AUGUSTA, Maine — Gov. Paul LePage unveiled a proposal Tuesday that would enshrine a smattering of welfare changes enacted and proposed by his administration in Maine law, putting his stamp on state policy by making them harder for a future governor to undo.
The Republican governor’s bill would shorten the lifetime limit for Maine families under the Temporary Assistance for Needy Families program from five years to three years, also codifying a work requirement for the same program and establishing a $5,000 asset test on certain households that get food stamps.
Many of the components are familiar, representing new versions of past LePage initiatives: The limit change under TANF is in LePage’s current two-year budget proposal, and he has long advocated reinstating work requirements in the program that were waived in Maine and other states during the recession.
In a State House news conference Tuesday, LePage took aim at Democrats in the Maine Legislature who have blocked many of his proposals to trim the state’s welfare rolls, noting that many of the proposed changes were enacted as rules imposed by his Department of Health and Human Services.
“They can also be reversed by the next governor,” he said. “That is why it’s so important to make these common-sense reforms permanent in state law.”
The bill hasn’t been written yet, but the proposed changes — packaged as the Welfare Reform for Increased Security and Employment Act and sponsored by House Minority Leader Ken Fredette, R-Newport — will include the following:
— Placing photographs on electronic benefits cards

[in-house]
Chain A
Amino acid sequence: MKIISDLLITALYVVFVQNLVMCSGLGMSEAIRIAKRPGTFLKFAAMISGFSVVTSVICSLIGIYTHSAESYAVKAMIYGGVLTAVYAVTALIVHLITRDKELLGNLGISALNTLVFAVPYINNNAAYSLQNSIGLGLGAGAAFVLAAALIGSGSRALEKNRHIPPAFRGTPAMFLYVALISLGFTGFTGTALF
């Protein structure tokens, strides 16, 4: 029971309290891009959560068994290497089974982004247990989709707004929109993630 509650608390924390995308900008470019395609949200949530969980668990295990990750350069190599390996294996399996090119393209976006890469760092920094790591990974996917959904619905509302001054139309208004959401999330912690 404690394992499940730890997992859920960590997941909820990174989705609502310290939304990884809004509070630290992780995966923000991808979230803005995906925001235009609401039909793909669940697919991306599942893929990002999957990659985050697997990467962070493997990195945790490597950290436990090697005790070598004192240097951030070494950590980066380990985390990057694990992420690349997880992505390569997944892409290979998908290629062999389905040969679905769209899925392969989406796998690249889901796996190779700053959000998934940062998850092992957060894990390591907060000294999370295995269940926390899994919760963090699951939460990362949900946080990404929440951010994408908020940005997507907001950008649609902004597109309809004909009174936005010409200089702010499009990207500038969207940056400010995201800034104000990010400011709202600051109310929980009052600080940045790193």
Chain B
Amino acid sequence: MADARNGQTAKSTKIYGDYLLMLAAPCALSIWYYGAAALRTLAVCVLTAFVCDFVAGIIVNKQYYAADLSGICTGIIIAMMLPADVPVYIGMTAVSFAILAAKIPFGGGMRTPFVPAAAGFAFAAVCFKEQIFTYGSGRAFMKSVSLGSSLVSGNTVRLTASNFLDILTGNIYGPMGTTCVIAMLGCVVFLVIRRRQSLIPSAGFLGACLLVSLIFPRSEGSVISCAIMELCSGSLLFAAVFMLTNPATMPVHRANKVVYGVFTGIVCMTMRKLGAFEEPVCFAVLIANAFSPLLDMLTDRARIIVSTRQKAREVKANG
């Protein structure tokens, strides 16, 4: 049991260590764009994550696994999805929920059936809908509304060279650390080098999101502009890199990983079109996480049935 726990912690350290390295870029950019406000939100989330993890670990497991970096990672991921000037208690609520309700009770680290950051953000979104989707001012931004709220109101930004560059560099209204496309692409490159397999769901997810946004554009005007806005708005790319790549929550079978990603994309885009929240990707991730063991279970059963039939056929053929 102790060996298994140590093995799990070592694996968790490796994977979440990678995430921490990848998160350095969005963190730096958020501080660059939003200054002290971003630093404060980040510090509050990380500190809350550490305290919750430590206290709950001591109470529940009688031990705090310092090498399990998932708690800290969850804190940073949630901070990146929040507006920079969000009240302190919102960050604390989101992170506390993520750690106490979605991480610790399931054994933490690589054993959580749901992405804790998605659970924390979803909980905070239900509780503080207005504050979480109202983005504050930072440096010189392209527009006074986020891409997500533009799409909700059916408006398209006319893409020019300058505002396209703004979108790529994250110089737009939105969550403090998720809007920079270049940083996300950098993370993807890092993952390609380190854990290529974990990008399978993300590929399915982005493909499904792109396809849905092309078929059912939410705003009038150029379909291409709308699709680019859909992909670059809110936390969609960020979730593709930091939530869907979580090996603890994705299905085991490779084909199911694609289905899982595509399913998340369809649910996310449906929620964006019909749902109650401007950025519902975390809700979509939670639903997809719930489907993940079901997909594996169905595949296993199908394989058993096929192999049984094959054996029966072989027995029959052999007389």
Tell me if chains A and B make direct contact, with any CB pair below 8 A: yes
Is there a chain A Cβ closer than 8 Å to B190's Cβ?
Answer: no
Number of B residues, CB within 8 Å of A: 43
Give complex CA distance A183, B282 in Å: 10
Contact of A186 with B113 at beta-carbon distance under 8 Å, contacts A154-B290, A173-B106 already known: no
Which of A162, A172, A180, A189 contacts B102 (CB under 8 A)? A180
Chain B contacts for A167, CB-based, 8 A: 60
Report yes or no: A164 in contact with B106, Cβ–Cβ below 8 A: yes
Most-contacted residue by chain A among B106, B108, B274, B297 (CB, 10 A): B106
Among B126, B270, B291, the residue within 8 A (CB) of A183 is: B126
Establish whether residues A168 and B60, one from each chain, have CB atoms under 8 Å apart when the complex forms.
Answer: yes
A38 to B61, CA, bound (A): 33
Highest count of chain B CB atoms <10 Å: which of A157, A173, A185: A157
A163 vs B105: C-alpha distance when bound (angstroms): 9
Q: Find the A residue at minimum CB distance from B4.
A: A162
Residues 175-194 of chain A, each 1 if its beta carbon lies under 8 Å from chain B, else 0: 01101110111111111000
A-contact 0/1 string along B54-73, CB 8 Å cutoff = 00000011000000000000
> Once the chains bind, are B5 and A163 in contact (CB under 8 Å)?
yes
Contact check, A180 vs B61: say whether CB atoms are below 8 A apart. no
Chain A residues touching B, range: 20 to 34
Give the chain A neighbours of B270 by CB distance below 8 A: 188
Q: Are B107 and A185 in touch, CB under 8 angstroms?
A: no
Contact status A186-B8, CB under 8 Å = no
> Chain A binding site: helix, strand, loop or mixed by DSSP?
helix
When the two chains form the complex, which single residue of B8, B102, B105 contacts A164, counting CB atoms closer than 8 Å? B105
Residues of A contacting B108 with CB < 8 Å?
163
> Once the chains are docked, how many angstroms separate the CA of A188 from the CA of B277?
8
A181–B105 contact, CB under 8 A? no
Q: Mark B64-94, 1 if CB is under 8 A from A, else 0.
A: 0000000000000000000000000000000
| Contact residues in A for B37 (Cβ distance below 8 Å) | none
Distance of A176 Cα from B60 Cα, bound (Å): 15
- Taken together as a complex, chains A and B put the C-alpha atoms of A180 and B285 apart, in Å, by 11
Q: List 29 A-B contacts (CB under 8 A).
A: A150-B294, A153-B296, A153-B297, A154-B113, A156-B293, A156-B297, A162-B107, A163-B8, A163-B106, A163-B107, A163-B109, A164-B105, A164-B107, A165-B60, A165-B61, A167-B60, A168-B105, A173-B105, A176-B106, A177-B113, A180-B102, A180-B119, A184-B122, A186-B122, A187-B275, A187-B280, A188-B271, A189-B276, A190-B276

— Banning or suspending parents not cooperating with child support services from receiving food assistance
— Disqualifying lottery and gambling winners of $5,000 or more from receiving food assistance
— Requiring education programs paid for with TANF money to be for jobs with average or better outlooks
— Banning repeat felony drug offenders from receiving food assistance
— Disqualifying all adults in a household from receiving TANF if an individual is convicted of welfare-related theft or fraud
LePage has long sought changes to social service programs in Maine that he says push more people off public programs and into the workforce.
“These reforms have restored confidence in Maine’s welfare system for the taxpayers who fund them,” LePage said during a news conference at the State House. “An able-bodied, 30-year-old man without kids should not be able to collect food stamps.”
The LePage administration has had some success moving welfare proposals through the Legislature, such as limiting the TANF program to a five-year lifetime cap and preventing the use of TANF funds for alcohol, but many others have been rejected by the Legislature.
But Democrats have argued that his initiatives led to increased poverty and hunger in Maine. The TANF cases dropped from just over 25,000 in 2011 to less than 8,000 in February. The share of Maine children in extreme poverty rose from 18,000 to 23,000 between 2011 and 2014, according to the Annie E. Casey Foundation.
Based on January state data, the three-year time limit would affect 1,500 children on the program. Mayhew defended that change, saying the state must move away from programs that allow “a continuous time on a benefit.”
Democrats are likely to stand in the way of LePage’s bill, with Rep. Patty Hymanson, D-York, the co-chairwoman of the Legislature’s Health and Human Services Committee, saying in a statement that the administration’s policies have created “lasting damage.”
“We’ve driven children and families deeper into poverty, increased childhood hunger and removed basic health care from struggling families,” she said. “If this is what their definition of reform looks like, I’m not interested in expanding them any further.”
Dozens of members of the Maine Council of Churches, Maine Equal Justice Partners and other organizations stood silently outside the news conference, many of them holding signs that read “I support a moral budget.”
Jacqueline Berry, a member of Grace Episcopal Church in Bath, was among them. She said Maine needs more funding to help people in need.
“This is not a deficit budget. We do not need to reserve those funds,” she said. “Some of the budget requests before us are unreasonable. We want to feed more children, not less. Our churches and nonprofits are doing as much as they can in the state but the need is growing.”